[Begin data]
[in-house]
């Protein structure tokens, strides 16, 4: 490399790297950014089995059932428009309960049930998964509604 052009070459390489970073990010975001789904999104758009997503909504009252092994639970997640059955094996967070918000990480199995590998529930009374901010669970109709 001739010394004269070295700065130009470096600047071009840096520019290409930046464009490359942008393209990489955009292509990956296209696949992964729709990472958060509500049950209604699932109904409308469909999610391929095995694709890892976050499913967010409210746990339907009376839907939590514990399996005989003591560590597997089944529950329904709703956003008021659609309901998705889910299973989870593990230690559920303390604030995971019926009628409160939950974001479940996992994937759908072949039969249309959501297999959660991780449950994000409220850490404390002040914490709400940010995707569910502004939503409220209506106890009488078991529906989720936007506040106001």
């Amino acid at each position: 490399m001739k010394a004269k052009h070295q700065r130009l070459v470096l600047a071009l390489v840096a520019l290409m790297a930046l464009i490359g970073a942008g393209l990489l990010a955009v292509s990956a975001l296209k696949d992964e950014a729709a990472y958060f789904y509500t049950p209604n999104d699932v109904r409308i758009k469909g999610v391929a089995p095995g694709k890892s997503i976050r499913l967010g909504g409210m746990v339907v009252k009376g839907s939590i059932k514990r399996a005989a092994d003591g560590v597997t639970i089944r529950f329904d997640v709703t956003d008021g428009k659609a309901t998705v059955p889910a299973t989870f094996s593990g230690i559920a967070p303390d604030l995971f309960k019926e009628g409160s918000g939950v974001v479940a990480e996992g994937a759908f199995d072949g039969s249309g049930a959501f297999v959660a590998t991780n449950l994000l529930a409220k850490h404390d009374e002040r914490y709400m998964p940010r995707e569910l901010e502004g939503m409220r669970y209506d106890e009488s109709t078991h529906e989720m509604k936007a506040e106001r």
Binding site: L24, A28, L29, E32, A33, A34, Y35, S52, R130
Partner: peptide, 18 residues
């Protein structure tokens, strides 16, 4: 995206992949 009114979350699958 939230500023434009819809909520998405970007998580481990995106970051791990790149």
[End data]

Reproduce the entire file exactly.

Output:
[in-house]
């Protein structure tokens, strides 16, 4: 490399790297950014089995059932428009309960049930998964509604 052009070459390489970073990010975001789904999104758009997503909504009252092994639970997640059955094996967070918000990480199995590998529930009374901010669970109709 001739010394004269070295700065130009470096600047071009840096520019290409930046464009490359942008393209990489955009292509990956296209696949992964729709990472958060509500049950209604699932109904409308469909999610391929095995694709890892976050499913967010409210746990339907009376839907939590514990399996005989003591560590597997089944529950329904709703956003008021659609309901998705889910299973989870593990230690559920303390604030995971019926009628409160939950974001479940996992994937759908072949039969249309959501297999959660991780449950994000409220850490404390002040914490709400940010995707569910502004939503409220209506106890009488078991529906989720936007506040106001």
């Amino acid at each position: 490399m001739k010394a004269k052009h070295q700065r130009l070459v470096l600047a071009l390489v840096a520019l290409m790297a930046l464009i490359g970073a942008g393209l990489l990010a955009v292509s990956a975001l296209k696949d992964e950014a729709a990472y958060f789904y509500t049950p209604n999104d699932v109904r409308i758009k469909g999610v391929a089995p095995g694709k890892s997503i976050r499913l967010g909504g409210m746990v339907v009252k009376g839907s939590i059932k514990r399996a005989a092994d003591g560590v597997t639970i089944r529950f329904d997640v709703t956003d008021g428009k659609a309901t998705v059955p889910a299973t989870f094996s593990g230690i559920a967070p303390d604030l995971f309960k019926e009628g409160s918000g939950v974001v479940a990480e996992g994937a759908f199995d072949g039969s249309g049930a959501f297999v959660a590998t991780n449950l994000l529930a409220k850490h404390d009374e002040r914490y709400m998964p940010r995707e569910l901010e502004g939503m409220r669970y209506d106890e009488s109709t078991h529906e989720m509604k936007a506040e106001r």
Binding site: L24, A28, L29, E32, A33, A34, Y35, S52, R130
Partner: peptide, 18 residues
């Protein structure tokens, strides 16, 4: 995206992949 009114979350699958 939230500023434009819809909520998405970007998580481990995106970051791990790149």